Homework Statement
A woman is wearing bifocals that have one-half of the lens with a power of -1.2 D and the other with a power of 1.8 D. A lens provides her with a far point set at infinity and other will give her a near point of 25 cm.
Where are her near point and far point WITHOUT her...
I am taking Electrodynamics this semester and we are doing the course with the aid of "david griffith's Intro to electrodynamics" there has been alot of word that the course is extremely difficult... can anyone tell me ways to prepare for it?
wow thank you so much for telling me this in detail. I appreciate it very much... did you go to graduate school as a physics student? and are telling me from first hand experience?
Hello,
I am a undergraduate Physics student and I heard that if you pursue a graduate degree in Physics for grad school (not undergraduate) the department pays your tuition for you?
Is this true? I have 5 friends that they have finished undergraduate physics (payed their OWN tuition) but...
Okay... I think I found the solution
by using parametric equations
(t,0); (1,t); (t,1), (0,t) and plugging them in yields (0,0), (0,0), (t,t), (0,t) which makes it not 1 to 1. So... it gives me the triangle with those vertices. is this correct?
Homework Statement
Let D* = [0,1] x [0,1] and define T on D* by T(x*,y*) = (x*y*, x*). Determine the image set D. Is T one-to-one?
Homework Equations
The Attempt at a Solution
Okay... So I know it is not one to one, if you take out the point (x=0) then it is one-to-one, so you...
Okay... so I took your advice.
so I thought about what you said
so T(u,v) maps u => -u^2 + 4u
and v to v
so for u [0,1] is the interval... so that means [0, -1+4] = [0,3]
for v [0,1] goes to [0,1]
[0,3] x [0,1] so that means... it maps the square into a rectangle.
But...
Homework Statement
Let D* = [0,1]x[0,1] and define T on D* by T(u,v)=(-u^2+4u, v). Find the image D. Is T one-to one
Homework Equations
The Attempt at a Solution
I have no idea... I don't know how to do it.
The solution is [0,3] x [0,1]... yes it is one to one.
am I supposed...
Can anyone tell me the general procedure in doing the following procedure?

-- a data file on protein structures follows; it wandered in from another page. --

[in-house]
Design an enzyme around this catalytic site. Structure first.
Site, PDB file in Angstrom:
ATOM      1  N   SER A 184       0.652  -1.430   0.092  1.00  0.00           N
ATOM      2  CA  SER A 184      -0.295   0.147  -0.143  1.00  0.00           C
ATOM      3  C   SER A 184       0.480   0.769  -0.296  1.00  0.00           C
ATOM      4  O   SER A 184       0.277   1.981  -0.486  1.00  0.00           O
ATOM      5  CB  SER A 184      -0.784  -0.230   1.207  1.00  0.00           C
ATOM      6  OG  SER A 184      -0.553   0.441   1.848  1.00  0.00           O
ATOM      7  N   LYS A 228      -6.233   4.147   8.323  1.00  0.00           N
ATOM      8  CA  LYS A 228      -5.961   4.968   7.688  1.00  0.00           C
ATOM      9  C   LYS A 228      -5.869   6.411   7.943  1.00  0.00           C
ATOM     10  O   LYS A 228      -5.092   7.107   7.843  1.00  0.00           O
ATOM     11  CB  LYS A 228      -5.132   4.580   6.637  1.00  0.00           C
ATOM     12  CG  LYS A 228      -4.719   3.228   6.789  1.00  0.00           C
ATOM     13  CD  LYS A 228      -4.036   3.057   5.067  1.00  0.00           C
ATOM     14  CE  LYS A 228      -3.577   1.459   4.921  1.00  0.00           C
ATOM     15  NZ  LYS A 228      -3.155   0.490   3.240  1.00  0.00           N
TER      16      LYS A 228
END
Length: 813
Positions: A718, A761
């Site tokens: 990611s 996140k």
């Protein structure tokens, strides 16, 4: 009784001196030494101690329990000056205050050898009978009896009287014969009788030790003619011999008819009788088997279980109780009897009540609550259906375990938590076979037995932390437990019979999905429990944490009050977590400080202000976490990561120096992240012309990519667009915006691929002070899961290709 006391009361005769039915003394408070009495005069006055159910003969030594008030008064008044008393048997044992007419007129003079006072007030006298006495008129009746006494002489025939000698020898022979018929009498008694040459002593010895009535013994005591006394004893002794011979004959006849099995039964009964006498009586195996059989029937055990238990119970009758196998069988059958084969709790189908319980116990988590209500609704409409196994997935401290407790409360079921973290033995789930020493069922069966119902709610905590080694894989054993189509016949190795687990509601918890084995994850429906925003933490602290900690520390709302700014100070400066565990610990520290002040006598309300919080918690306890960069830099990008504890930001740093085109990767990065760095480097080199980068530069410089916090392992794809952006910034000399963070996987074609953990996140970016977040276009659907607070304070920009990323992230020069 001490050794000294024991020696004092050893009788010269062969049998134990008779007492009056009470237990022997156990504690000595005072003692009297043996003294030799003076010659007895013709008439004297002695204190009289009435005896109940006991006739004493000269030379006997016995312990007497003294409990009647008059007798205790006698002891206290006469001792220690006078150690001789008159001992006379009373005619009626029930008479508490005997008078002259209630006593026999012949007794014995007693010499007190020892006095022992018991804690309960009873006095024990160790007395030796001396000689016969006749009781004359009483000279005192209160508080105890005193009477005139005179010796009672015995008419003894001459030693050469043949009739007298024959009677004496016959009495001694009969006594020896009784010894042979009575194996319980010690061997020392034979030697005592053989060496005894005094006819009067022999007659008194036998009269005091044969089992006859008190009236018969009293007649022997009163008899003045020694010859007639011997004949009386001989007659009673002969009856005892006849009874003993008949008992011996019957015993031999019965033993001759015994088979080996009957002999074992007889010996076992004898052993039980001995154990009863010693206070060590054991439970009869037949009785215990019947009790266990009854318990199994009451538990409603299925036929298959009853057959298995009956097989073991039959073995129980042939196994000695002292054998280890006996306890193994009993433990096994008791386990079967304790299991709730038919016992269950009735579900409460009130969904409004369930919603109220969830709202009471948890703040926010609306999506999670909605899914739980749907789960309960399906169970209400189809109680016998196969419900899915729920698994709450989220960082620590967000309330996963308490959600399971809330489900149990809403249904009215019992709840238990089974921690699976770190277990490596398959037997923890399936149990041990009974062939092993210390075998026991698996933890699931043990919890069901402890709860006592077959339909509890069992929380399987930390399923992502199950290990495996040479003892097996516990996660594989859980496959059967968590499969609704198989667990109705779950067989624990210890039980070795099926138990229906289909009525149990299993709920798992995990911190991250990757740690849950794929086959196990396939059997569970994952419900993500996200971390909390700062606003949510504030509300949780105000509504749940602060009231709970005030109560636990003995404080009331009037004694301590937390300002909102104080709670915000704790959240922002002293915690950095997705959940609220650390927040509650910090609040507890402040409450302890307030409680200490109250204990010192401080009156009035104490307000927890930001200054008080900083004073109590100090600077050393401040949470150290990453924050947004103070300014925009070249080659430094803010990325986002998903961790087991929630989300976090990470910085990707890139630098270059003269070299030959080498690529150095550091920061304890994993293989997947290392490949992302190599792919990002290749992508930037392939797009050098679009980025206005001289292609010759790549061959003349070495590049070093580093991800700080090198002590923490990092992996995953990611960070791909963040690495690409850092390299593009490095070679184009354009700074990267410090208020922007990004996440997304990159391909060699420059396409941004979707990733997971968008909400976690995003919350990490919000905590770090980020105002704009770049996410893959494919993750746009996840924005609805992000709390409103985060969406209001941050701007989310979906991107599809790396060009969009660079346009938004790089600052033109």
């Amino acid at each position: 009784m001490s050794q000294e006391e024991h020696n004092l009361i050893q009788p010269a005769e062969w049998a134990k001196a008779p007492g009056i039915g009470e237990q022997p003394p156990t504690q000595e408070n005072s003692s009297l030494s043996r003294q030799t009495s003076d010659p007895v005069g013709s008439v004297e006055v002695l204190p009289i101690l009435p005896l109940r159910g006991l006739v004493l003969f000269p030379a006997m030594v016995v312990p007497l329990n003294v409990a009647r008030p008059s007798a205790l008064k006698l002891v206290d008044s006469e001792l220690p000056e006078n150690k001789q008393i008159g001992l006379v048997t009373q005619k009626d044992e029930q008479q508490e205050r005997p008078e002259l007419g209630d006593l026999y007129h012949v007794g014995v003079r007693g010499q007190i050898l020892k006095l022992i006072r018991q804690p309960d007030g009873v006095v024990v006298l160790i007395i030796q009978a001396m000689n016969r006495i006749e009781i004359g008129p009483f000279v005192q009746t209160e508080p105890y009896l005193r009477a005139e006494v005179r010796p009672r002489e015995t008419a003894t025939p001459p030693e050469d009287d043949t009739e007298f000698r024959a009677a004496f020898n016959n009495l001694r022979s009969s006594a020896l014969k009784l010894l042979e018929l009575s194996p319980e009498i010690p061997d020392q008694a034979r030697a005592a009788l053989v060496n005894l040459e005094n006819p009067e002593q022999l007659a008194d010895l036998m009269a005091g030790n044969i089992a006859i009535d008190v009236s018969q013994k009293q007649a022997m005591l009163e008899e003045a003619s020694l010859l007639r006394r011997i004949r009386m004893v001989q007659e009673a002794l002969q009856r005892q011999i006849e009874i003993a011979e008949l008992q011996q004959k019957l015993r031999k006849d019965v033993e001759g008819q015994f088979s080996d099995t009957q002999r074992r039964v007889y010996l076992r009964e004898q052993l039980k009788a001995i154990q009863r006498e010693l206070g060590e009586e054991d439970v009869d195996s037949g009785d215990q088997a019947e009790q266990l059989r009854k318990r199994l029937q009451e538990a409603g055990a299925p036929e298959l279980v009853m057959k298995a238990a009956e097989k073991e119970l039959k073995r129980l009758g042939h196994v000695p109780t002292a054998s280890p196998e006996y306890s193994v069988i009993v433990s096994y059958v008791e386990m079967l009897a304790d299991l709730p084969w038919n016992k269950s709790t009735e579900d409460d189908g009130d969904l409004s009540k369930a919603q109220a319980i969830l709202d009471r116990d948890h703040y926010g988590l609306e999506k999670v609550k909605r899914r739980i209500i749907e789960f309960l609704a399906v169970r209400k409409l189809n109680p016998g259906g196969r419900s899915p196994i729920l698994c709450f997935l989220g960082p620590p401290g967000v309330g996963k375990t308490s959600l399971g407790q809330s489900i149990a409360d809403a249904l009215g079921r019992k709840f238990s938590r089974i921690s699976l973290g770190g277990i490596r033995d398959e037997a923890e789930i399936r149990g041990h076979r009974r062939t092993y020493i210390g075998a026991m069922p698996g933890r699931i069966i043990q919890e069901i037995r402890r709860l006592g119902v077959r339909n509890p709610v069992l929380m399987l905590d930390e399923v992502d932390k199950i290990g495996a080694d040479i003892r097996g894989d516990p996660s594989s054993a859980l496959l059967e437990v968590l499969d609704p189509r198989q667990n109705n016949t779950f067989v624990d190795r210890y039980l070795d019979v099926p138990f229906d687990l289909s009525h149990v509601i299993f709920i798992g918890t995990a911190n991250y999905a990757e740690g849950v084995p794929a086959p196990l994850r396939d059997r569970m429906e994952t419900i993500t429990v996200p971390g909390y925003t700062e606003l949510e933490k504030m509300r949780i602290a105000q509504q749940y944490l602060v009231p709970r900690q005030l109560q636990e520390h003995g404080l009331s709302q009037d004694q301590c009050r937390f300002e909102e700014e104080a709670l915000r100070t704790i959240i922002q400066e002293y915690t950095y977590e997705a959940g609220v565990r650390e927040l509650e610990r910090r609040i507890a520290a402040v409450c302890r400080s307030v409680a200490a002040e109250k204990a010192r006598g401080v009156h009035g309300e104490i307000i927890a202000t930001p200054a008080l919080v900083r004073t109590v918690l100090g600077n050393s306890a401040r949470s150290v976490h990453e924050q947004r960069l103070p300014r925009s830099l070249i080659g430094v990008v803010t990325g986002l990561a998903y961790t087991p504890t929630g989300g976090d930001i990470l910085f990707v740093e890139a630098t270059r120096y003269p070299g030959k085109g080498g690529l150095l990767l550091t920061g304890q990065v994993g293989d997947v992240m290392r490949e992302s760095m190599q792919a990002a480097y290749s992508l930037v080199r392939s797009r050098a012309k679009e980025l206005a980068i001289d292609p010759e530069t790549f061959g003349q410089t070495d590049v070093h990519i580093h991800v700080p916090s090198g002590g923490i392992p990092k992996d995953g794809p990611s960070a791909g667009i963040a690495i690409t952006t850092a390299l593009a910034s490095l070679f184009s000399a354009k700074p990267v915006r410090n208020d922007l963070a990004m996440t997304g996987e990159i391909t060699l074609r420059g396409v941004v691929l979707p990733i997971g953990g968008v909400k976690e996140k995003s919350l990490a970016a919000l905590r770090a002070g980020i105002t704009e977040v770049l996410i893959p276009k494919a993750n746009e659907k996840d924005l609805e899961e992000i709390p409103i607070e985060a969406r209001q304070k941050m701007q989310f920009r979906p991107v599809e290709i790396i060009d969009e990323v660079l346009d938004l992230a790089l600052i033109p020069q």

f(x,y)=xy^2 with domain x^2+y^2\leq4
Find it's absolute max & absolute min.
Okay, here is my thought procedure, tell me what I can fix.
So I would basically say, find the partial derivatives with respect to x and y...
What are the equations that describe simultaneity, and hey don't be afraid to throw some math out there. All though I might not be able to grasp things like the Ricci Curvature just yet, I could still derive the equations for Time Dilation & the Lorentz Contraction, so please show me the math, I...
Okay, so I was sitting in my room wondering about the differential operator D. Like for example, solving the equation
y\prime\prime+5y\prime+4y=0
introduce D=\frac{d}{dx}
(D^2+5D+4)y=0
so you can solve it by doing D=-4, D=-1
e^-^4^x+e^-^x is the solution
But how the hell do you solve...
Me and my friend Syl consistently talk about Special Relativity and it's effects in nature when electrodynamic bodies move at relativistic speeds. I wanna make a discussion.
What is Special Relativity?
How does it work?
How much do we understand?
\int\int(yx^2dydx)-2\int\int(xy^2dydx)
\int[\frac{1}{2}y^2x^2]=\int(-2x^2dx)=[\frac{-2}{3}x^3]=\frac{-54}{3}
-2\int\int(xy^2dydx)=-2\int[\frac{1}{3}y^3x]=-2(-12)=24=\frac{72}{3}
=\frac{72}{3}+\frac{-54}{3}=\frac{18}{3}=6
is this okay?
How did you get that solution besides canceling things out?
Cause, this is like a very annoying class, like what method did you use? Did you use p\equiv{y}\prime
Okay, objection 1 makes no sense... but I'll give you you're right for objection 2.
Here's what the textbook says for case 1:
y\prime=p, y\prime\prime=p\prime\mbox {Dependent variable y missing}
Saying that gravity should be ignored from the quantum level and should only be considered with \geq atomic, doesn't make much sense. Because atoms consist of nuclei and other smaller quantum subatomic particles...which all together work together and has a gravitational interaction, although...
Solve the Differential Equation 2yy\prime\prime+2xy\prime=0
set p=y\prime, and then it becomes case 1 in the textbook
Can someone please help me solve this? It's a night mare
I'm having trouble setting up this solution can anyone give me a hint, or set it up, so I can see if what i'm doing is right?
xy\prime=y=e^x^y
using the substitution
u\equiv(xy)
I figured out how to do that integral, the steps are as followed
(1) \int\frac{1}{1+\cos(u)}
(2) use \cos(u)\equiv1-\cos^2(\frac{u}{2})
and then it simplifies to
(3) \frac{1}{2}\sec^2(\frac{u}{2})
which comes out to
(4) \frac{1}{2}tan(\frac{x+y}{2})=y
Okay, but I still don't know how to find that integral, which is what I'm gonna go find out now. In the end I still learn something, even though I got the answer, I need to show my work completely, what's an answer without an explanation? a meaningless number...